Cicada Damage On Bonsai

This may well qualify as the most useless post I offer this year… because it will have relevance only every decade or so. Seventeen years, in some cases… I’m talking about cicadas. Recently I was in the Midwest and saw this cicada damage on a client’s beech. The cicada will lay eggs in the branches of a tree, leaving a strange stitching pattern. The larvae end up in the soil, where they will eat the tree roots. You may kill them with an insecticide drench. Mark your calendars for the cicada boom year in your area, and keep an eye out for this damage:

The healing callus makes stitch pattern. This is a beech.

Another branch with cicada damage from the summer, photographed in the fall

🤞Sign up for the blog!

We don’t spam! Read more in our privacy policy


  1. Mark Leija says:

    I’ve heard of insecticide drenches before but luckily have not had to resort to this procedure….yet! Say I had to do this for some reason, what would the actual steps be to do this? In other words how long should the tree be drenched? Should you spray the leaves and branches with a mixture of the “drench” solution? Should we water thoroughly after said drench? Keep out of the sun? Thanks in advance!!
    What a great blog Micheal.

    • crataegus says:

      Yes, thankfully killing cicada larvae is not on our usual agenda! If you were to drench, and there are many insecticides that are used for this purpose, but maybe the most popular and easily available to the hobbyist is Bayer Advanced. Many garden and nursery stores carry it. The drench is accomplished by mixing the suggested dilution rate, and then simply watering it into the soil as if you were watering the bonsai. No need to water the foliage. The roots bring it into all areas of the tree. Drenches with systemics usually have no sun sensitivity. I’ve used systemics with the coarse soils used in Japan—akadama and pumice—with good results. Usually it takes about a week, though, before the insecticide is in the tree and working.

  2. Jeffrey Robson says:

    This was the year for cicada in Missouri and I had thousands in the yard. My dogs were eating them like popcorn. Fortunately looks like only one of my bonsai trees had very minor damage and the rest escaped unscathed. Can’t say the same for the landscape trees though. Heavy damage on the young spring growth.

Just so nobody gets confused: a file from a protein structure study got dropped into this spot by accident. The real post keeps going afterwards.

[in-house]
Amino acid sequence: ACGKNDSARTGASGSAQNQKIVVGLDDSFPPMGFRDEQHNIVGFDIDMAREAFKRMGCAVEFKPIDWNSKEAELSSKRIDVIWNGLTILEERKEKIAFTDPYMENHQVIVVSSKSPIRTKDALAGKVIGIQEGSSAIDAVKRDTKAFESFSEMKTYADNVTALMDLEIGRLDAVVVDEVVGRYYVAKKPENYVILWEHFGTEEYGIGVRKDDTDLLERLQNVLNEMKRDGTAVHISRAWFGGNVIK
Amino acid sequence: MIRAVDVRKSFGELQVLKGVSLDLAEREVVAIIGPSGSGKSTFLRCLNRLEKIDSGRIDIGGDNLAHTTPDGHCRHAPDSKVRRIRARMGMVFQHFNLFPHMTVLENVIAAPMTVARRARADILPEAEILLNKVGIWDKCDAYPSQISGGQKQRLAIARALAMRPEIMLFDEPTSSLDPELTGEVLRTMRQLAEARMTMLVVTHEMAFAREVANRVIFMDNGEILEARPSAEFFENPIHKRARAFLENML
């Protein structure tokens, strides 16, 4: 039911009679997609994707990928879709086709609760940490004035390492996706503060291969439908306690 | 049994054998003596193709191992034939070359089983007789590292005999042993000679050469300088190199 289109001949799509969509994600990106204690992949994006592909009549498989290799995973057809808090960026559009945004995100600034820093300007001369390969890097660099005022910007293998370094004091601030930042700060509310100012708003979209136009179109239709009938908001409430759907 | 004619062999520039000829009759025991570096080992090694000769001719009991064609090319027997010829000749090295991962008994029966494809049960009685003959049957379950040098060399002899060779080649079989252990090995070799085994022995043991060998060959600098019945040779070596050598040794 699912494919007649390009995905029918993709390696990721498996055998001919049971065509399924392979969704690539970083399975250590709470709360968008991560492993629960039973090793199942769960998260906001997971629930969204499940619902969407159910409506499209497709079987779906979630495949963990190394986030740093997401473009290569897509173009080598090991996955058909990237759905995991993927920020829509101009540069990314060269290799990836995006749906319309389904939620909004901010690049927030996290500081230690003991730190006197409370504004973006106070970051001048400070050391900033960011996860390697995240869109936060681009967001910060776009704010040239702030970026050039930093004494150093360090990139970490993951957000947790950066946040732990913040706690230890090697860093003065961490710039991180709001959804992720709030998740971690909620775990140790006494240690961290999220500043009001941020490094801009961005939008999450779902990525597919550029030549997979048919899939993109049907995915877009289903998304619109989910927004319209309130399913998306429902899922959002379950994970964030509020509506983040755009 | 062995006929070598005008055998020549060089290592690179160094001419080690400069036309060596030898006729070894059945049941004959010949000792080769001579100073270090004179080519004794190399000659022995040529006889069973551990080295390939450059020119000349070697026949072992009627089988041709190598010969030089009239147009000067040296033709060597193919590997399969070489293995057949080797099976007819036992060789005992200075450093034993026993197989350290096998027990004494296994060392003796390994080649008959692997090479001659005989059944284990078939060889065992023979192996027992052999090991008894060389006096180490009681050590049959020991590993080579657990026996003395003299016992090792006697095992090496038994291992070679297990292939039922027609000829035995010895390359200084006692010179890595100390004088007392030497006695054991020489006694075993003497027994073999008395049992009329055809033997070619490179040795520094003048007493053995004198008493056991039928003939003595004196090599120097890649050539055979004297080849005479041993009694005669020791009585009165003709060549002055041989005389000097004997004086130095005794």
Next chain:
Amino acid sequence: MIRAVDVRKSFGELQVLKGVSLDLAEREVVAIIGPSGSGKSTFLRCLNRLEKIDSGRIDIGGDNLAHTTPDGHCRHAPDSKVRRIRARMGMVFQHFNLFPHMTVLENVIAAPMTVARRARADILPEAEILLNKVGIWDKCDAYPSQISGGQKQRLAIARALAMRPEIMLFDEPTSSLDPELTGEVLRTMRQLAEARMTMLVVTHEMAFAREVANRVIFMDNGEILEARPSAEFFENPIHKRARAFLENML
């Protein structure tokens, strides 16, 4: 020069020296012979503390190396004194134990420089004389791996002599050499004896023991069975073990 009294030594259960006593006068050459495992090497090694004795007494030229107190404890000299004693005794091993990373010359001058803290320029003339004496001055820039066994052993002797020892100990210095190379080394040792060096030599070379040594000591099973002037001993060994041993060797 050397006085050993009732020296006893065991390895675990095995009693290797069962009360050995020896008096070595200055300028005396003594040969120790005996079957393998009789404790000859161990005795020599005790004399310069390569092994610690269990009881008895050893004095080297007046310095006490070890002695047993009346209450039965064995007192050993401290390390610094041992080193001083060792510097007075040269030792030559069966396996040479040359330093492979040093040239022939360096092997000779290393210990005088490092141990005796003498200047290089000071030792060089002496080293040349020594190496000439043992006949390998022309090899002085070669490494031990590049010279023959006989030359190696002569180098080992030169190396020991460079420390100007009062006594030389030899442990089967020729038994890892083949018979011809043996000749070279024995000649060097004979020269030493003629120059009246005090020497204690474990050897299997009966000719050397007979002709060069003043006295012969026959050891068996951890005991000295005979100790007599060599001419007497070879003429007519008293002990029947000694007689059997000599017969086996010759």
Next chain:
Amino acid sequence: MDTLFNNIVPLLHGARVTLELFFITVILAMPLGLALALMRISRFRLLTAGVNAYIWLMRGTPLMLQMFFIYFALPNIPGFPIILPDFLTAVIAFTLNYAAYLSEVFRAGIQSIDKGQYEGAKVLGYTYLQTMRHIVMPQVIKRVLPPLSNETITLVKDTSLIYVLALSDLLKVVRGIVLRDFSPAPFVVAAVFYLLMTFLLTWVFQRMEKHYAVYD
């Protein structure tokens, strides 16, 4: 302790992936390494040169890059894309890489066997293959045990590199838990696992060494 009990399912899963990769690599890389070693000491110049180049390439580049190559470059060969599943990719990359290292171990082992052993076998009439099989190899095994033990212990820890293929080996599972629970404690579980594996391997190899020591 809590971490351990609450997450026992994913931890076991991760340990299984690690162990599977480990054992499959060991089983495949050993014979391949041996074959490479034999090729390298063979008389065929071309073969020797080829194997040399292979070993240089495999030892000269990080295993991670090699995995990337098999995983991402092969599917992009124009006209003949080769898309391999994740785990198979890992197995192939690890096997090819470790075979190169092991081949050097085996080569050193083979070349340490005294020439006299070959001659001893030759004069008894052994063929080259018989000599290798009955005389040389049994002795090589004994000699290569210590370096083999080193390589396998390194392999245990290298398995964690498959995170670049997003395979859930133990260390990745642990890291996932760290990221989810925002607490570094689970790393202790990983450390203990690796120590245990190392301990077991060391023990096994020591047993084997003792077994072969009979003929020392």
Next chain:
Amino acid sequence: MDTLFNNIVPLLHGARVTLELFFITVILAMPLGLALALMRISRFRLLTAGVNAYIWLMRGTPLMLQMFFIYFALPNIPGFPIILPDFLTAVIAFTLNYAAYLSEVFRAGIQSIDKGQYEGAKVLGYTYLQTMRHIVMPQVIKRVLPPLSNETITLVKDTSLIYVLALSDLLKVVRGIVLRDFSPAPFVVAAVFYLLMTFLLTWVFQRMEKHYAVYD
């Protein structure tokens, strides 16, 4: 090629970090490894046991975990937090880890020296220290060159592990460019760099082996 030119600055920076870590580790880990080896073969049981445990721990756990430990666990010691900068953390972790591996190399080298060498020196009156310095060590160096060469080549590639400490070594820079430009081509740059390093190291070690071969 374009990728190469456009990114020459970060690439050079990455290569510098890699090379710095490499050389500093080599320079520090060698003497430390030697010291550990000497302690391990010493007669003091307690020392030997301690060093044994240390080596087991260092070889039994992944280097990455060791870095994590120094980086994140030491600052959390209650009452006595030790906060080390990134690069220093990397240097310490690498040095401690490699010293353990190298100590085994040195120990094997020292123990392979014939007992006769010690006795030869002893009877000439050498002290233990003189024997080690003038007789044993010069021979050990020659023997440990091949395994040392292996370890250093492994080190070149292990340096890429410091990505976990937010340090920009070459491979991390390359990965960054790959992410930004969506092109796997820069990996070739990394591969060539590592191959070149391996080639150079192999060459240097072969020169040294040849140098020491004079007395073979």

3. bonsaijapan says:

    We dont tend to get teh bug flushes of cicada in Australia. I get similar damage on some of my trees every now and then but from the passion hopper. Not sure if you guys get them over your side of the pond. A few pics can be found here

  4. Amaizing blog, i love it, i’ll add to my favoutites ones into my blog if you do not mind, pls feel free to visiti it at:

  5. Jeremy Erb says:

    Supposedly this year is the major plague of cicadas in Cincinnati. I appreciate this post. It seems like the drench will kill the young once the trees has been infected. Any idea of the plants can be protected before they get those horrible wounds on them?

    I have grow lights in the basement for tropical sand a humidity chamber. Considering putting some smaller higher value plants down there for the two months that the cicadas will be out although the leaf might be very tender if I do that and obviously it’s not going to pump a tree full of energy like the sun would. Should I just wait and see if the bugs go after my trees?

    • crataegus says:

      Hi Jeremy, I’ve only a couple times come across Cicada damage so I don’t have any more thoughts about how to handle the damage or preventative measures, sorry about that. Maybe someone will chime in with a thought or two– As for protecting indoors, I’d be as cautious of that, the weakness might be just as bad an issue. I think they tend to only attack certain species of trees, so maybe do a bit of research there. Also , the bonsai attacked by them that I saw were rather large, so that may well be an issue with something like a Cicada. Small plants they may ignore. But having a backup plan like your basement might be a good idea if you do end up with a problem. Sorry to not be of more help, just not a ton of experience with them!

      • Jeremy Erb says:

        Thanks for your thoughts! I might try to secure some netting for more valuable trees and cross my fingers for the rest!

  6. JudyB says:

    I have thought of doing a screen enclosure on my existing bench area to keep the cicada away from the trees. I don’t know if this is overkill for protection, I hope they utilize my natural trees for their attacks and leave the bonsai alone. Anyone else have any experience with damage on Bonsai in the Ohio area?

Leave a Reply

%d bloggers like this: